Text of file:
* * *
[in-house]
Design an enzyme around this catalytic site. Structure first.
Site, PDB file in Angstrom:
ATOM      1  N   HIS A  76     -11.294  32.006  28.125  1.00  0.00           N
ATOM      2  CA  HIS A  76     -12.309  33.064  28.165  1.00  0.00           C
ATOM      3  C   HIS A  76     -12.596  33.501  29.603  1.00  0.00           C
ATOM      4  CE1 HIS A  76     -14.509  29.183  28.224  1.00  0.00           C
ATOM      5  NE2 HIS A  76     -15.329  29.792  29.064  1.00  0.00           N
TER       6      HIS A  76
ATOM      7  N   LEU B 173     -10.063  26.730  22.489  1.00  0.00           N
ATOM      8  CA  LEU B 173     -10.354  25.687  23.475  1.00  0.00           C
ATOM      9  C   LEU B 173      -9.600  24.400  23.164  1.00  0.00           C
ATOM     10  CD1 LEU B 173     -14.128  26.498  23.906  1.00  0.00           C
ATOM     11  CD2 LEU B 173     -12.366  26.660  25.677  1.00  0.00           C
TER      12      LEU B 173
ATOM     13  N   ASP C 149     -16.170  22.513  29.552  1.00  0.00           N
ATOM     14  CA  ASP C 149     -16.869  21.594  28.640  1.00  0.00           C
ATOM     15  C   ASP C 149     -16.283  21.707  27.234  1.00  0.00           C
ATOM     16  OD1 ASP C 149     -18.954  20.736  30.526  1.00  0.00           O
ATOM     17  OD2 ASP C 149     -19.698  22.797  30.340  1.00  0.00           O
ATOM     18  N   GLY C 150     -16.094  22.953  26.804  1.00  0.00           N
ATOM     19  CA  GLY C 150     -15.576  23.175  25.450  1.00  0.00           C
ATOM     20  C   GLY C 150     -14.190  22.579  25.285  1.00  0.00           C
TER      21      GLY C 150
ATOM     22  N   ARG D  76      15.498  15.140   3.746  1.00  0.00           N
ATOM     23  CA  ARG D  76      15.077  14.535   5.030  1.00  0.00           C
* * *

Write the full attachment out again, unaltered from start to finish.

[in-house]
Design an enzyme around this catalytic site. Structure first.
Site, PDB file in Angstrom:
ATOM      1  N   HIS A  76     -11.294  32.006  28.125  1.00  0.00           N
ATOM      2  CA  HIS A  76     -12.309  33.064  28.165  1.00  0.00           C
ATOM      3  C   HIS A  76     -12.596  33.501  29.603  1.00  0.00           C
ATOM      4  CE1 HIS A  76     -14.509  29.183  28.224  1.00  0.00           C
ATOM      5  NE2 HIS A  76     -15.329  29.792  29.064  1.00  0.00           N
TER       6      HIS A  76
ATOM      7  N   LEU B 173     -10.063  26.730  22.489  1.00  0.00           N
ATOM      8  CA  LEU B 173     -10.354  25.687  23.475  1.00  0.00           C
ATOM      9  C   LEU B 173      -9.600  24.400  23.164  1.00  0.00           C
ATOM     10  CD1 LEU B 173     -14.128  26.498  23.906  1.00  0.00           C
ATOM     11  CD2 LEU B 173     -12.366  26.660  25.677  1.00  0.00           C
TER      12      LEU B 173
ATOM     13  N   ASP C 149     -16.170  22.513  29.552  1.00  0.00           N
ATOM     14  CA  ASP C 149     -16.869  21.594  28.640  1.00  0.00           C
ATOM     15  C   ASP C 149     -16.283  21.707  27.234  1.00  0.00           C
ATOM     16  OD1 ASP C 149     -18.954  20.736  30.526  1.00  0.00           O
ATOM     17  OD2 ASP C 149     -19.698  22.797  30.340  1.00  0.00           O
ATOM     18  N   GLY C 150     -16.094  22.953  26.804  1.00  0.00           N
ATOM     19  CA  GLY C 150     -15.576  23.175  25.450  1.00  0.00           C
ATOM     20  C   GLY C 150     -14.190  22.579  25.285  1.00  0.00           C
TER      21      GLY C 150
ATOM     22  N   ARG D  76      15.498  15.140   3.746  1.00  0.00           N
ATOM     23  CA  ARG D  76      15.077  14.535   5.030  1.00  0.00           C